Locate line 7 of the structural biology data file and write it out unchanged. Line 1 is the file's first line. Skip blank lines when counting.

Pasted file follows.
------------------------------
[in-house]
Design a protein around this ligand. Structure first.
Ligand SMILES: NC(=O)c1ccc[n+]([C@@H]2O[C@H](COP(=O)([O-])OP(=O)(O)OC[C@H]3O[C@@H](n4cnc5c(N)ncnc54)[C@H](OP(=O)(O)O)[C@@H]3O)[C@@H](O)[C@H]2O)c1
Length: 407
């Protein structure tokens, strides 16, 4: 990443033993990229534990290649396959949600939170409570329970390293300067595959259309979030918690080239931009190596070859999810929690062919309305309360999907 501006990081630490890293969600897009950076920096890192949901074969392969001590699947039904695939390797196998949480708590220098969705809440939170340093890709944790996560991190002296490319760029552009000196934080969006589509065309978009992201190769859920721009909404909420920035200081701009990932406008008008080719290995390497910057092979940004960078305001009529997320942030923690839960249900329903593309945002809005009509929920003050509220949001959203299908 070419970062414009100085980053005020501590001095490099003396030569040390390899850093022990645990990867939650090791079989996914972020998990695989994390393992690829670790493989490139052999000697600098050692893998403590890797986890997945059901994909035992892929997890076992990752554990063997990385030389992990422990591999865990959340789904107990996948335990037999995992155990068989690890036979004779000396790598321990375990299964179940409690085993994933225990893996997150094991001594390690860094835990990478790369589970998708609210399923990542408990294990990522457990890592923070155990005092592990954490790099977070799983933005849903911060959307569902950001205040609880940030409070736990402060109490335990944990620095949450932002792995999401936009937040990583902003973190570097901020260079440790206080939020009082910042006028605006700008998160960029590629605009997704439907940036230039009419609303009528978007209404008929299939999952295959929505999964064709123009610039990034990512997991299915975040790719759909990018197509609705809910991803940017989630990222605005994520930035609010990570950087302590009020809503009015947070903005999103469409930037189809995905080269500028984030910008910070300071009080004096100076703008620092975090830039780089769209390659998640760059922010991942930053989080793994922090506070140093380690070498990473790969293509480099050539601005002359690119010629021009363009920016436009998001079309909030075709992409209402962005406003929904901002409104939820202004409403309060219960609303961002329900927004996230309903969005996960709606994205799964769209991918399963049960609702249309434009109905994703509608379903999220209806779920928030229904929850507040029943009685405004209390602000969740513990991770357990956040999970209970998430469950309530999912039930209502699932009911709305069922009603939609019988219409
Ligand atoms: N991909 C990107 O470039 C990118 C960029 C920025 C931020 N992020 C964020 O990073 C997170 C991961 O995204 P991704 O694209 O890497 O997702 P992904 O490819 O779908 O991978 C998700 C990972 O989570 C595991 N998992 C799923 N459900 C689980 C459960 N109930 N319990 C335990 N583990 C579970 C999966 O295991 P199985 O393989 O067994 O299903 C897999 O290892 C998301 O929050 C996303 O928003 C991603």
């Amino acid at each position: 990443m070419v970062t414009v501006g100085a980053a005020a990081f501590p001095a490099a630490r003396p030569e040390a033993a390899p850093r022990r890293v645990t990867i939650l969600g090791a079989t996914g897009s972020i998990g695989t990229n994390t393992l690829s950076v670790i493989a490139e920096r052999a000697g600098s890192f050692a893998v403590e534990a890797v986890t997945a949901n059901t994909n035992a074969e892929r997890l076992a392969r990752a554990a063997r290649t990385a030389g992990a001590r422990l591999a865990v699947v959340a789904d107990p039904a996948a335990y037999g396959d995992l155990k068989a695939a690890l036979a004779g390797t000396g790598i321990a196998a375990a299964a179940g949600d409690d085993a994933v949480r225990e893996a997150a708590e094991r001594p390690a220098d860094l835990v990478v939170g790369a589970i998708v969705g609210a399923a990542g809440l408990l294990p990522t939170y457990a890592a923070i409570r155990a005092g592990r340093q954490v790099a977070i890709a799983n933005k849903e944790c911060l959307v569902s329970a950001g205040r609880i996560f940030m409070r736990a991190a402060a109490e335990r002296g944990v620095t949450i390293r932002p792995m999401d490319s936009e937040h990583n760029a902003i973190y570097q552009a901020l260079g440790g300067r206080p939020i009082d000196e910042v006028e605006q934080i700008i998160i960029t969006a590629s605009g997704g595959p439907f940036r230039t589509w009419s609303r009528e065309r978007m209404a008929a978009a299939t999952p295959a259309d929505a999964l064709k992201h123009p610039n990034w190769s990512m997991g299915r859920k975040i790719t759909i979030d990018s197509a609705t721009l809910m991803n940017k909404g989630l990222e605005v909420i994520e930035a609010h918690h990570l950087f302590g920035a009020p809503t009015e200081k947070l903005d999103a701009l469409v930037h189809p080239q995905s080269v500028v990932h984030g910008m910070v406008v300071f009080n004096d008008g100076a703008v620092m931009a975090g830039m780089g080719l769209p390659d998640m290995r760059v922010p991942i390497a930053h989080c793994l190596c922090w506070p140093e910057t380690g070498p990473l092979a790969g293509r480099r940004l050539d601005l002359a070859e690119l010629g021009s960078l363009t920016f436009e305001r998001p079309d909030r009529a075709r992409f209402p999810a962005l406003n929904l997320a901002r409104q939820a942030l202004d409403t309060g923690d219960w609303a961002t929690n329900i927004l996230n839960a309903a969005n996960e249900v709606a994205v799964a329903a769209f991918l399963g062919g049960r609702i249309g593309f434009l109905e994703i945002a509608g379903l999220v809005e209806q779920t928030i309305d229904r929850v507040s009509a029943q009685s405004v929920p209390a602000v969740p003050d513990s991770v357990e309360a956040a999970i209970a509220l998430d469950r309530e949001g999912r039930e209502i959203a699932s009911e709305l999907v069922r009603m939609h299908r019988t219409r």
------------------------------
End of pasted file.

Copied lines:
């Amino acid at each position: 990443m070419v970062t414009v501006g100085a980053a005020a990081f501590p001095a490099a630490r003396p030569e040390a033993a390899p850093r022990r890293v645990t990867i939650l969600g090791a079989t996914g897009s972020i998990g695989t990229n994390t393992l690829s950076v670790i493989a490139e920096r052999a000697g600098s890192f050692a893998v403590e534990a890797v986890t997945a949901n059901t994909n035992a074969e892929r997890l076992a392969r990752a554990a063997r290649t990385a030389g992990a001590r422990l591999a865990v699947v959340a789904d107990p039904a996948a335990y037999g396959d995992l155990k068989a695939a690890l036979a004779g390797t000396g790598i321990a196998a375990a299964a179940g949600d409690d085993a994933v949480r225990e893996a997150a708590e094991r001594p390690a220098d860094l835990v990478v939170g790369a589970i998708v969705g609210a399923a990542g809440l408990l294990p990522t939170y457990a890592a923070i409570r155990a005092g592990r340093q954490v790099a977070i890709a799983n933005k849903e944790c911060l959307v569902s329970a950001g205040r609880i996560f940030m409070r736990a991190a402060a109490e335990r002296g944990v620095t949450i390293r932002p792995m999401d490319s936009e937040h990583n760029a902003i973190y570097q552009a901020l260079g440790g300067r206080p939020i009082d000196e910042v006028e605006q934080i700008i998160i960029t969006a590629s605009g997704g595959p439907f940036r230039t589509w009419s609303r009528e065309r978007m209404a008929a978009a299939t999952p295959a259309d929505a999964l064709k992201h123009p610039n990034w190769s990512m997991g299915r859920k975040i790719t759909i979030d990018s197509a609705t721009l809910m991803n940017k909404g989630l990222e605005v909420i994520e930035a609010h918690h990570l950087f302590g920035a009020p809503t009015e200081k947070l903005d999103a701009l469409v930037h189809p080239q995905s080269v500028v990932h984030g910008m910070v406008v300071f009080n004096d008008g100076a703008v620092m931009a975090g830039m780089g080719l769209p390659d998640m290995r760059v922010p991942i390497a930053h989080c793994l190596c922090w506070p140093e910057t380690g070498p990473l092979a790969g293509r480099r940004l050539d601005l002359a070859e690119l010629g021009s960078l363009t920016f436009e305001r998001p079309d909030r009529a075709r992409f209402p999810a962005l406003n929904l997320a901002r409104q939820a942030l202004d409403t309060g923690d219960w609303a961002t929690n329900i927004l996230n839960a309903a969005n996960e249900v709606a994205v799964a329903a769209f991918l399963g062919g049960r609702i249309g593309f434009l109905e994703i945002a509608g379903l999220v809005e209806q779920t928030i309305d229904r929850v507040s009509a029943q009685s405004v929920p209390a602000v969740p003050d513990s991770v357990e309360a956040a999970i209970a509220l998430d469950r309530e949001g999912r039930e209502i959203a699932s009911e709305l999907v069922r009603m939609h299908r019988t219409r």